Dec 23, 201310:16 AMPoint of View

The METROPOLIS Blog

An Invitation To Open Worship

An Invitation To Open Worship

All photos: Paul Clemence

Designed in 2009 by Sauerbruch Hutton, a Berlin based firm, the Immanuel Church and Parish Center occupies a quaint neighborhood in Stammheim, a suburb of Cologne, a city with a strong tradition of religious architecture; its renowned cathedral is Germany’s most visited public building after the Reichstag.

As a solution to their financial struggles two parishes decided to join forces and sold their existing properties and together invest in a new building that could house all their faithful in way that was more in keeping with their current financial standing and adjusted to the growing community side of their activities. “What we found most difficult was to design a very compact, practical and flexible building, which also retains a joyful atmosphere and a somewhat sacred aura”, said Matthias Sauerbruch, one of the principals at Sauerbruch Hutton, about the project. “This building now has to be everything for them: sacred and social as well as cultural space, a place of worship and the place of the community.”

The compound is organized around an existing garden; the bell tower, the church, the small chapel, and columbarium (where funeral urns are deposited) are anchored around the trees and just slightly removed from the street. The path that leads to the buildings serves as an open air preamble to the complex.

Inside the main theme seems to be adaptability. Next to the nave are the community and music rooms on one side and the kitchen and sacristy and on the other. The objective is to give rooms as much variety of use as possible: group meetings, band rehearsals, youth or senior groups, cooking, yoga sessions.

The wall that separates nave from community room can be opened to integrate these spaces and create space for larger groupings. The nave itself is an open area with flexible seating that can be re-arranged as the community needs it.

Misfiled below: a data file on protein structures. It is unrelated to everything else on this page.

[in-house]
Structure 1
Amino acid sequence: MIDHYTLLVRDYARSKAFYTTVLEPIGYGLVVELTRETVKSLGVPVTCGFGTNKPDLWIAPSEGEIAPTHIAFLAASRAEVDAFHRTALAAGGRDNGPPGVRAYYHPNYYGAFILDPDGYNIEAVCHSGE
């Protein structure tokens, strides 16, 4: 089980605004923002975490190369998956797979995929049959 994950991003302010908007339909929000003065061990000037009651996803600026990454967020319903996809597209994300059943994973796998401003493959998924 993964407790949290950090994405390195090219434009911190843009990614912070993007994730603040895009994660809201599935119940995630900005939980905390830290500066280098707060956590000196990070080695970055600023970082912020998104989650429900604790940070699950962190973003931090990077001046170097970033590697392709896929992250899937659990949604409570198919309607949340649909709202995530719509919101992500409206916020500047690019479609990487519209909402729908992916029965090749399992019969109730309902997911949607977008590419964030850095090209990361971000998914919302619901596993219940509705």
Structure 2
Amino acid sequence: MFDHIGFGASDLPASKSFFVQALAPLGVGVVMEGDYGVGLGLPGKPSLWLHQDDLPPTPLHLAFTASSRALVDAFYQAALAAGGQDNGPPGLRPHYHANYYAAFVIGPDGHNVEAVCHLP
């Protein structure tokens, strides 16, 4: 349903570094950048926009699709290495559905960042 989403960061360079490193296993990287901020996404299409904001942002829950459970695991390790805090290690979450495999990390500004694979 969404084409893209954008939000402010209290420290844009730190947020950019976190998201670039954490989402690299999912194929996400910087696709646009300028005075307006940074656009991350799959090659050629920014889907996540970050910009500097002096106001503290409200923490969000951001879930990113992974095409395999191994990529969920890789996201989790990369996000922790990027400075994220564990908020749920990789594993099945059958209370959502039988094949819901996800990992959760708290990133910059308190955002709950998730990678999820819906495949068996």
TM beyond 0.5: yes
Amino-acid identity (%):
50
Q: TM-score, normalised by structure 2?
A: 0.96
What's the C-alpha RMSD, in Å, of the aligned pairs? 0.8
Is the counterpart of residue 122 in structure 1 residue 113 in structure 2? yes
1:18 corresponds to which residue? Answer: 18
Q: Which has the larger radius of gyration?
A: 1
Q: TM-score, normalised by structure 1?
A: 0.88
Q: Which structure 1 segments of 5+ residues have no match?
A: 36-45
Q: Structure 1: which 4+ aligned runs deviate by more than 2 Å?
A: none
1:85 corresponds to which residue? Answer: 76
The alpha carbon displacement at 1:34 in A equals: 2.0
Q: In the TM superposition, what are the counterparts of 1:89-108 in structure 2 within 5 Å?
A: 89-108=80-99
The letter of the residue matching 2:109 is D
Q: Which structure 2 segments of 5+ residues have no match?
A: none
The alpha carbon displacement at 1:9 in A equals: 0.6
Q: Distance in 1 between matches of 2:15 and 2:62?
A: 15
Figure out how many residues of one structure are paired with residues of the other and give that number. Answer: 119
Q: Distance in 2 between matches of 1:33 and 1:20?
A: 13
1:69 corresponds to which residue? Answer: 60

Built of load-bearing timber frames made of veneer laminated finnish spruce, the architecture features basic geometric volumes similar to the neighboring middle class houses. But the wood is laid in a playful manner, creating diagonal patterns that give movement to the facades ( where the wood was covered in larch weatherboarding, treated only with a gray stain to achieve prepatination). Being that it’s made of the same timber as the rest of the building and finished in the same way, the structure is left exposed, its supporting role seems to disappear and blend in with the partition panels. Exquisitely crafted and precisely detailed, its bleached whiteness is rendered more airy as it is washed by light from the generous openings like the skylight above the altar and the expansive glass wall of the mezzanine above entrance foyer. This mezzanine fenestration is made of milky white glass, and functions as a screen that brings in the light but filters its excess. It also serves a metaphorical function, offering a silhouetted view of the big tree that grows just outside. In this way worshippers get a hint of the tree’s dimension but not its reality, as if to remind them of the mysteries of faith.

Across the nave from this glass wall the altar’s back wall is an elaborate partition, also made of timber; its small vertical slats painted in the sophisticated color schemes that Sauerbruch Hutton is famous for (the Brandhorst Museum in Munich comes to mind). This panel is lit from the skylight and its tone changes with the sun’s trajectory in the sky. There’s no dramatic biblical imagery, no high tech tricks – just this simple, earth-bound element that brings a new dimension to the experience of the architecture.

Just like churches everywhere facing dwindling attendance by the faithful, Immanuel had to seek creative solutions to continue its mission and expand its community outreach. The Sauerbruch Hutton design highlights this effort by the placement of the community rooms as a main feature of the floor plan. Thus the architects re-interpret a traditional religious layout and introduce a new openness to the built form, reflecting religious institutions trend towards broader views of their doctrines, while retaining some of the ethereal qualities associated with a house of worship.

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